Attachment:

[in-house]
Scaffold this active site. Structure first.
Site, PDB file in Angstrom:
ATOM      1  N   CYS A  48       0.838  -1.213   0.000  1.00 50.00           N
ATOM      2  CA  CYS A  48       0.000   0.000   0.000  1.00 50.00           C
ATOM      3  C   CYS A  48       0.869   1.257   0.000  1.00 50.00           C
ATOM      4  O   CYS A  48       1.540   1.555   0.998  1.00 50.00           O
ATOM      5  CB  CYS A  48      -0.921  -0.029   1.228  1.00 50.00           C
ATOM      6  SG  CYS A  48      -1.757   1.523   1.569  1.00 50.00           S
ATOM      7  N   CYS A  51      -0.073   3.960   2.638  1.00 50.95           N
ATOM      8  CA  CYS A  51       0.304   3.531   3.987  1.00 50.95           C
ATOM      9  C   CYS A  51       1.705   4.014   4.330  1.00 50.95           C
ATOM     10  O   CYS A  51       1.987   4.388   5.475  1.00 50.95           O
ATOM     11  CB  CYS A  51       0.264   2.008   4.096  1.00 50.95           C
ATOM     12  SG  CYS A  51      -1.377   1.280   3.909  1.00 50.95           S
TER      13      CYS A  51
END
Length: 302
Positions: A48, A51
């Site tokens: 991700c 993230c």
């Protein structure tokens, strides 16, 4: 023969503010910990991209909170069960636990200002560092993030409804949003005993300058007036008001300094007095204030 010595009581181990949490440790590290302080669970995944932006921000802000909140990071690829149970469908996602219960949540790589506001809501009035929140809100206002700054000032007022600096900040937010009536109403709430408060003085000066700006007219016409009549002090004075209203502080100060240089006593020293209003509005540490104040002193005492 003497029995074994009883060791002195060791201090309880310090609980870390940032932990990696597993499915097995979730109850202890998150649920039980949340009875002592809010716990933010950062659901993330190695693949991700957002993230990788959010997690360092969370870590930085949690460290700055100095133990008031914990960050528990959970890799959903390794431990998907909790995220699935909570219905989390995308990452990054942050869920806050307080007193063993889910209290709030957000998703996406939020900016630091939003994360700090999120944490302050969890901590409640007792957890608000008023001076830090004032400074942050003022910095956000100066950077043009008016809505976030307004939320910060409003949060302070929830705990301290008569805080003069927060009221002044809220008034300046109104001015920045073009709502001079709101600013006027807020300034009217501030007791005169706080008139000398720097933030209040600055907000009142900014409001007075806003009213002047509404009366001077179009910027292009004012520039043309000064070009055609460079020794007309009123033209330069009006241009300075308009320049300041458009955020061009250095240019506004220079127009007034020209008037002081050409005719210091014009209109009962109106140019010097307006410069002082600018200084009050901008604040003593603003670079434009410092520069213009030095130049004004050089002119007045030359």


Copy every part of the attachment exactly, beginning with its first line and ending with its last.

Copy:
[in-house]
Scaffold this active site. Structure first.
Site, PDB file in Angstrom:
ATOM      1  N   CYS A  48       0.838  -1.213   0.000  1.00 50.00           N
ATOM      2  CA  CYS A  48       0.000   0.000   0.000  1.00 50.00           C
ATOM      3  C   CYS A  48       0.869   1.257   0.000  1.00 50.00           C
ATOM      4  O   CYS A  48       1.540   1.555   0.998  1.00 50.00           O
ATOM      5  CB  CYS A  48      -0.921  -0.029   1.228  1.00 50.00           C
ATOM      6  SG  CYS A  48      -1.757   1.523   1.569  1.00 50.00           S
ATOM      7  N   CYS A  51      -0.073   3.960   2.638  1.00 50.95           N
ATOM      8  CA  CYS A  51       0.304   3.531   3.987  1.00 50.95           C
ATOM      9  C   CYS A  51       1.705   4.014   4.330  1.00 50.95           C
ATOM     10  O   CYS A  51       1.987   4.388   5.475  1.00 50.95           O
ATOM     11  CB  CYS A  51       0.264   2.008   4.096  1.00 50.95           C
ATOM     12  SG  CYS A  51      -1.377   1.280   3.909  1.00 50.95           S
TER      13      CYS A  51
END
Length: 302
Positions: A48, A51
């Site tokens: 991700c 993230c």
């Protein structure tokens, strides 16, 4: 023969503010910990991209909170069960636990200002560092993030409804949003005993300058007036008001300094007095204030 010595009581181990949490440790590290302080669970995944932006921000802000909140990071690829149970469908996602219960949540790589506001809501009035929140809100206002700054000032007022600096900040937010009536109403709430408060003085000066700006007219016409009549002090004075209203502080100060240089006593020293209003509005540490104040002193005492 003497029995074994009883060791002195060791201090309880310090609980870390940032932990990696597993499915097995979730109850202890998150649920039980949340009875002592809010716990933010950062659901993330190695693949991700957002993230990788959010997690360092969370870590930085949690460290700055100095133990008031914990960050528990959970890799959903390794431990998907909790995220699935909570219905989390995308990452990054942050869920806050307080007193063993889910209290709030957000998703996406939020900016630091939003994360700090999120944490302050969890901590409640007792957890608000008023001076830090004032400074942050003022910095956000100066950077043009008016809505976030307004939320910060409003949060302070929830705990301290008569805080003069927060009221002044809220008034300046109104001015920045073009709502001079709101600013006027807020300034009217501030007791005169706080008139000398720097933030209040600055907000009142900014409001007075806003009213002047509404009366001077179009910027292009004012520039043309000064070009055609460079020794007309009123033209330069009006241009300075308009320049300041458009955020061009250095240019506004220079127009007034020209008037002081050409005719210091014009209109009962109106140019010097307006410069002082600018200084009050901008604040003593603003670079434009410092520069213009030095130049004004050089002119007045030359």